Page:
Emergency Vet Care in Pasadena

For the reason that emergencies require urgent treatment, we provide emergency vet care for Pasadena and area communities. As a full-service animal hospital that's also accredited by the American Animal Hospital Association (AAHA), we're prepared to handle any emergency your pet may have. Since we provide immediate emergency care, there may be an extra charge for these services. While we urge you to call us at (410) 317-2028 immediately if you think your pet is having an emergency, please call AAVEC in Annapolis, Maryland at (410) 224-0331 outside our normal business hours.

After-Hour Emergency Vet Clinics

We understand emergencies can strike at the most inconvenient times. Therefore, we refer our clients to two trusted emergency vet clinics when they're having an emergency after our normal hours. Please find their contact information below.


10000 Old Columbia Rd,

Columbia, MD 21046

(410) 441-3304


Dogs & Cats Veterinary Referral and Emergency

6700 Laurel Bowie Rd.

Bowie, MD 20715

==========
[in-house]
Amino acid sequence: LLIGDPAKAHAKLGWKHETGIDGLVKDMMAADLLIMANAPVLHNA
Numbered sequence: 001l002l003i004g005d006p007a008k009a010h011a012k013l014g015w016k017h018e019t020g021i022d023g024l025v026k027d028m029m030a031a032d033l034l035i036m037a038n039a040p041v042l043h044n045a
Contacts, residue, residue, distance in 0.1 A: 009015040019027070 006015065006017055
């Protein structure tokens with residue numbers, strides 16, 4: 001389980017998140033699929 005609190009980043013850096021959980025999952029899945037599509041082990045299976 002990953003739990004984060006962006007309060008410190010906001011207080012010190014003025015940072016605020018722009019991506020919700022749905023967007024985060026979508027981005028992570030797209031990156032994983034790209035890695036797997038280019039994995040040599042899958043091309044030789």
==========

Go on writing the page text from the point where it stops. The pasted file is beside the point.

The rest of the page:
(301) 809-8800

Emergency Vet in Pasadena, MD
Dog at emergency vet clinic

What Indicates an Animal Emergency

Due to natural instinct, cats and dogs hide pain and discomfort quite well. Consequently, it can be hard to tell if they're having an emergency. Still, there are some definate indicators. Most importantly, if your pet has suffered a life threatening injury or you suspect they've ingested a toxic substance, visit us immediately.

Signs of an animal emergency include:

  • Your pet is having difficulty breathing, including gagging and wheezing.
  • Blood is seen in your pet's vomit or stool.
  • Your pet has been vomiting for over 12 hours.
  • Diarrhea has been a problem for over 24 hours.
  • Your pregnant pet has been in labor for over three hours.
  • Their abdomen is swollen and hard to the touch.
  • They're having trouble urinating.

If Your Pet Ingests a Toxic Substance

Many household items, including plants and foods, are toxic to cats and dogs. While these items may be harmless to humans, they may be poisonous to pets. Since we're unable to note the exhaustive list, please refer to aspca.org for a complete dictionary of toxic substances. In addition to it's thoroughness, the site lists substances' level of toxicity. If your pet is vomiting, is having seizures, or has diarrhea, or you suspect they've ingested any toxin, call their hotline. The ASPCA Animal Poison Control Center (APCC) can be reached at (888) 426-4435.

Never hesitate to take action if you think your pet is having an emergency. Contact us for more information today!

Dr. Ashley and his staff are awesome! We take our 2 doberman's here for care and the staff are so friendly and nice. We won't go anywhere else for care. They are amazing!
-Beth W.